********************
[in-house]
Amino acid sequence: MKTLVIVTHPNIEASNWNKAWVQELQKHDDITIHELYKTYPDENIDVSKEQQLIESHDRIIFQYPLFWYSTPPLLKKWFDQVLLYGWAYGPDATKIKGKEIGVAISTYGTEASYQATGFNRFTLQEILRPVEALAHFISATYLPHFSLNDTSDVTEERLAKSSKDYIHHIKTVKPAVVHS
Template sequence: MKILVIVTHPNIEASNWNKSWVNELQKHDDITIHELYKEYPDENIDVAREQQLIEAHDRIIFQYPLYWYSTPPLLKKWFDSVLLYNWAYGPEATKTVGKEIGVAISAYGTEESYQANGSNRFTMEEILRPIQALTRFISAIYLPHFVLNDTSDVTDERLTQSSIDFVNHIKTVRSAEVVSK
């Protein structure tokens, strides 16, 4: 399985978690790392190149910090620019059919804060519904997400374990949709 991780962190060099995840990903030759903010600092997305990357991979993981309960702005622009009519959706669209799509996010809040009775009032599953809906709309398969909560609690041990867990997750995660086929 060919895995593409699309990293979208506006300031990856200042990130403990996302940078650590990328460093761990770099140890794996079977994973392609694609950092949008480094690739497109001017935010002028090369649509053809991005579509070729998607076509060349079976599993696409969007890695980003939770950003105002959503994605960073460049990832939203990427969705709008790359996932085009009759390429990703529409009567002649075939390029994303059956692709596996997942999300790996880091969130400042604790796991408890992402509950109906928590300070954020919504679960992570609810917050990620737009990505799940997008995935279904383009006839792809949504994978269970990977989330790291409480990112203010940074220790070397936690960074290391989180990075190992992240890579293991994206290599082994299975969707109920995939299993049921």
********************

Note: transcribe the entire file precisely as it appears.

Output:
[in-house]
Amino acid sequence: MKTLVIVTHPNIEASNWNKAWVQELQKHDDITIHELYKTYPDENIDVSKEQQLIESHDRIIFQYPLFWYSTPPLLKKWFDQVLLYGWAYGPDATKIKGKEIGVAISTYGTEASYQATGFNRFTLQEILRPVEALAHFISATYLPHFSLNDTSDVTEERLAKSSKDYIHHIKTVKPAVVHS
Template sequence: MKILVIVTHPNIEASNWNKSWVNELQKHDDITIHELYKEYPDENIDVAREQQLIEAHDRIIFQYPLYWYSTPPLLKKWFDSVLLYNWAYGPEATKTVGKEIGVAISAYGTEESYQANGSNRFTMEEILRPIQALTRFISAIYLPHFVLNDTSDVTDERLTQSSIDFVNHIKTVRSAEVVSK
């Protein structure tokens, strides 16, 4: 399985978690790392190149910090620019059919804060519904997400374990949709 991780962190060099995840990903030759903010600092997305990357991979993981309960702005622009009519959706669209799509996010809040009775009032599953809906709309398969909560609690041990867990997750995660086929 060919895995593409699309990293979208506006300031990856200042990130403990996302940078650590990328460093761990770099140890794996079977994973392609694609950092949008480094690739497109001017935010002028090369649509053809991005579509070729998607076509060349079976599993696409969007890695980003939770950003105002959503994605960073460049990832939203990427969705709008790359996932085009009759390429990703529409009567002649075939390029994303059956692709596996997942999300790996880091969130400042604790796991408890992402509950109906928590300070954020919504679960992570609810917050990620737009990505799940997008995935279904383009006839792809949504994978269970990977989330790291409480990112203010940074220790070397936690960074290391989180990075190992992240890579293991994206290599082994299975969707109920995939299993049921």